It’s another piece of American literature that people love. This exquisitely sad book was a surprise bestseller in 2013, 50 years after it was written. William Stoner is a boy who grew up on a farm and fell in love with books. He became an academic at the University of Missouri. Williams talks about how literature can change people, how it can keep the outside world out, and how departmental infighting is something that all teachers can identify with. People who were teachers were “just a man to whom his book was true, to whom was given a dignity in the arts, which had no connection with his foolishness or weakness as a man.”

To Sir With Love by ER Braithwaite

An autobiographical book about a classically-educated West Indian who moves to the East End of London to become a teacher of “peasants.” Sidney Poitier played the role with great dignity in the 1967 film. Like Dennison, Braithwaite takes a very different approach. He treats the kids as people and leads them out into the world. “Hate virus”: The kids get rid of racism and learn how to treat their teacher with respect Sir: “O God, forgive me for the hateful thoughts because I love them, these brutish, disarming bastards. I love them.”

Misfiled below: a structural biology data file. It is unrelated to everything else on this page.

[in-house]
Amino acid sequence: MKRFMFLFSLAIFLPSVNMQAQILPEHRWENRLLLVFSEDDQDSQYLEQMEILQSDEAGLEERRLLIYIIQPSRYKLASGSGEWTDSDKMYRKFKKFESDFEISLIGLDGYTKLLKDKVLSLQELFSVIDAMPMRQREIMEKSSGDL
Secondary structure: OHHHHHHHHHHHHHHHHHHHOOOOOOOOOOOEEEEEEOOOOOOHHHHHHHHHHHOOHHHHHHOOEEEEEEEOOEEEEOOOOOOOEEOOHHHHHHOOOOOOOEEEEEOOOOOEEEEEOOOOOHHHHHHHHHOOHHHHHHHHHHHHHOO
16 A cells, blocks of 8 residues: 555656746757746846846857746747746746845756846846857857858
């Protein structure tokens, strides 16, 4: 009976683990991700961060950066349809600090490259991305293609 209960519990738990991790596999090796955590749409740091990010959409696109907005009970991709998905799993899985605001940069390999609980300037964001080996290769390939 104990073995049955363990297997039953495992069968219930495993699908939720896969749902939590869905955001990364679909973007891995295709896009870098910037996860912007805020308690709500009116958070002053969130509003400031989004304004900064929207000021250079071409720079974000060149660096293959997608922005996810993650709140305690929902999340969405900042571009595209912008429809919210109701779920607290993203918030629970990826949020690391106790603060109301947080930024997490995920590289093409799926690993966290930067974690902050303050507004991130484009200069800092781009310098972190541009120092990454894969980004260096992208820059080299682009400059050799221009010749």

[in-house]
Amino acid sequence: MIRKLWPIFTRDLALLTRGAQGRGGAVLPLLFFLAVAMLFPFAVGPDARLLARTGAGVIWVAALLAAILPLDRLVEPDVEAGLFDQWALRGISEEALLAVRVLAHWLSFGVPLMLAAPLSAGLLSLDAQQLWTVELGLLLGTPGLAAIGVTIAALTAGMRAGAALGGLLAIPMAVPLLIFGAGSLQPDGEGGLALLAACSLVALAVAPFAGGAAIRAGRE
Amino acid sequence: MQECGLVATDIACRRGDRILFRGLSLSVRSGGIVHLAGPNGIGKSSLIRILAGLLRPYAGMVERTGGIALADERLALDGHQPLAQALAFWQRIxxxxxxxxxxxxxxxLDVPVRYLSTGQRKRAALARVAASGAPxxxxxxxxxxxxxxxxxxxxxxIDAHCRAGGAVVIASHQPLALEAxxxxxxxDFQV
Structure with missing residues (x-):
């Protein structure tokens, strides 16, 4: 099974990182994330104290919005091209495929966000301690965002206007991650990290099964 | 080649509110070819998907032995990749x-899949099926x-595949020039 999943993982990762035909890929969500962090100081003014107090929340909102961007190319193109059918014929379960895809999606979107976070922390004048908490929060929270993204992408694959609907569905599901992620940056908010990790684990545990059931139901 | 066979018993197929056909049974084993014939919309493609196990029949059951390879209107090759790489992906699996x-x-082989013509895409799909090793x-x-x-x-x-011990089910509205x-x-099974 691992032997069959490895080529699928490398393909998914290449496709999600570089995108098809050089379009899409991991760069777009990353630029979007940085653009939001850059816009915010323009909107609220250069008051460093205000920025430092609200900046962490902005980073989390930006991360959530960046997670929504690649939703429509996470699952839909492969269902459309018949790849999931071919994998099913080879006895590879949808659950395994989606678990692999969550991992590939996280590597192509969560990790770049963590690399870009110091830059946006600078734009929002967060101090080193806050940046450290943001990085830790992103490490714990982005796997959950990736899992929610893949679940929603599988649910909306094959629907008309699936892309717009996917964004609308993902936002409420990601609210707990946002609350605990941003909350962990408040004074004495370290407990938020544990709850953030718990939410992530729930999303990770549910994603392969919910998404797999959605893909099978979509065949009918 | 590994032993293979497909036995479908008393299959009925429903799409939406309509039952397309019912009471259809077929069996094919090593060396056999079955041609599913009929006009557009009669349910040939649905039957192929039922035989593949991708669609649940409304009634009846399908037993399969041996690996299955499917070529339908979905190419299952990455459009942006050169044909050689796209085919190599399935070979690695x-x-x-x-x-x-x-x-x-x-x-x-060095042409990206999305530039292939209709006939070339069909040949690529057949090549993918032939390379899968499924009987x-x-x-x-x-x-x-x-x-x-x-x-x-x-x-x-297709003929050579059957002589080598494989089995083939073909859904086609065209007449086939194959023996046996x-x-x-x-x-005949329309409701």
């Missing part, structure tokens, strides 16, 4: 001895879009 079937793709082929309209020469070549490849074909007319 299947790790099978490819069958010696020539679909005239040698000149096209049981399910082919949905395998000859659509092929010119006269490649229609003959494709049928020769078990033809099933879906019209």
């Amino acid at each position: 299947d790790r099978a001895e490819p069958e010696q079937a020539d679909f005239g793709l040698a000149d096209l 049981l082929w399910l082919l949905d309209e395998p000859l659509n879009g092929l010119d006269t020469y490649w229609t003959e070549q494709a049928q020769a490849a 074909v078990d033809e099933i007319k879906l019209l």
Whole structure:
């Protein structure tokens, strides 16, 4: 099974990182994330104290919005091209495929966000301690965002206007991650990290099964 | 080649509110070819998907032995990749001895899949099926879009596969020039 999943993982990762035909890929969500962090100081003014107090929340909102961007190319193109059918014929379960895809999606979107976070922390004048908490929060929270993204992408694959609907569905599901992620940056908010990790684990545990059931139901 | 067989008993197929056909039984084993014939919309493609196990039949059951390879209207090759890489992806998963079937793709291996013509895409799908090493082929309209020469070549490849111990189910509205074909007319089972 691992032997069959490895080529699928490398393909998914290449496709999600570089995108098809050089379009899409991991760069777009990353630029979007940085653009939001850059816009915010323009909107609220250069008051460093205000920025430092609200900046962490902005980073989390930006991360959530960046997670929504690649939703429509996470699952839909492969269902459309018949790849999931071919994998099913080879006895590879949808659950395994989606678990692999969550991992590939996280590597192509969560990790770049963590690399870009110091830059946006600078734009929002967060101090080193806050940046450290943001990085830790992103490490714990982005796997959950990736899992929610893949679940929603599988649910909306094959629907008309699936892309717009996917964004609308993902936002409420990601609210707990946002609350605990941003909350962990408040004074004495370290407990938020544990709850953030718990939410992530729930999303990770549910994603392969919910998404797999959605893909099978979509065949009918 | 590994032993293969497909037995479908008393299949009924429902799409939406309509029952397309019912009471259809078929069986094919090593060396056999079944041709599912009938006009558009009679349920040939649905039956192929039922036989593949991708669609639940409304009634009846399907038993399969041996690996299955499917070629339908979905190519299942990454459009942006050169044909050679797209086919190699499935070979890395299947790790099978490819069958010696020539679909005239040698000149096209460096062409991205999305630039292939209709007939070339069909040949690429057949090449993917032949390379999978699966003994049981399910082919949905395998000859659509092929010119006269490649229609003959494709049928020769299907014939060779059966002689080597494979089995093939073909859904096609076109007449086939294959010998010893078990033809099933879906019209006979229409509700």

The Prime of Miss Jean Brodie by Muriel Spark

The Prime of Miss Jean Brodie by Muriel Spark

This is another teacher who is dedicated to education in the Latin sense of the word. In 1930s Edinburgh, Miss Brodie, a teacher from the Dead Poets school, is a cult-like person who thinks she has been chosen. She teaches six girls art history, the classics, fascism, and adultery. “Give me a girl when she’s young, and I’ll have her for life.”

The Tempest by William Shakespeare

It’s up to Prospero to rule the island with his “powerful art.” However, as Ariel, Miranda, and Caliban test his magic, his fathering skills, and his colonial heritage, he suffers the frustrations and inadequacies of a teacher, and he has to deal with them. It says: “You taught me language, and I learned how to curse because of it.”

Whatever It Takes: Geoffrey Canada’s Quest to Change Harlem and America by Paul Tough